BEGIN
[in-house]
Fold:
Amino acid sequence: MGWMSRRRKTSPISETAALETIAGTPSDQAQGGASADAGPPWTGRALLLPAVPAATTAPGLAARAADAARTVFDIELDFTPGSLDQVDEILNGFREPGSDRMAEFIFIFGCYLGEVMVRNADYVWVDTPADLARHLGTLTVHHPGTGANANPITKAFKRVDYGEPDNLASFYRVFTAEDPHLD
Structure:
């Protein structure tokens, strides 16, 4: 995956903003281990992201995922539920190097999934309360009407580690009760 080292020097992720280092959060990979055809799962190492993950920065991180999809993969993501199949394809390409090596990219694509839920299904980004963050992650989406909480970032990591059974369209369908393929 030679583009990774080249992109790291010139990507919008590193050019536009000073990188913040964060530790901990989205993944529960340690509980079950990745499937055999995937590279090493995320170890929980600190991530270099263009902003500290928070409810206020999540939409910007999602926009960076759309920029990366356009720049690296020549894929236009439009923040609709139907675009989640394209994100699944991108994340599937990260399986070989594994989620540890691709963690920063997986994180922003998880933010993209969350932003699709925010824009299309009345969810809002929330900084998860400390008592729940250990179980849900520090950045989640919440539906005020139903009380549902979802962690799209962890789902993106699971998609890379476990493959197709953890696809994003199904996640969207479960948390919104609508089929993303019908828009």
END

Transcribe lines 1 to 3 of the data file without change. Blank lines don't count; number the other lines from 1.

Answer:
[in-house]
Fold:
Amino acid sequence: MGWMSRRRKTSPISETAALETIAGTPSDQAQGGASADAGPPWTGRALLLPAVPAATTAPGLAARAADAARTVFDIELDFTPGSLDQVDEILNGFREPGSDRMAEFIFIFGCYLGEVMVRNADYVWVDTPADLARHLGTLTVHHPGTGANANPITKAFKRVDYGEPDNLASFYRVFTAEDPHLD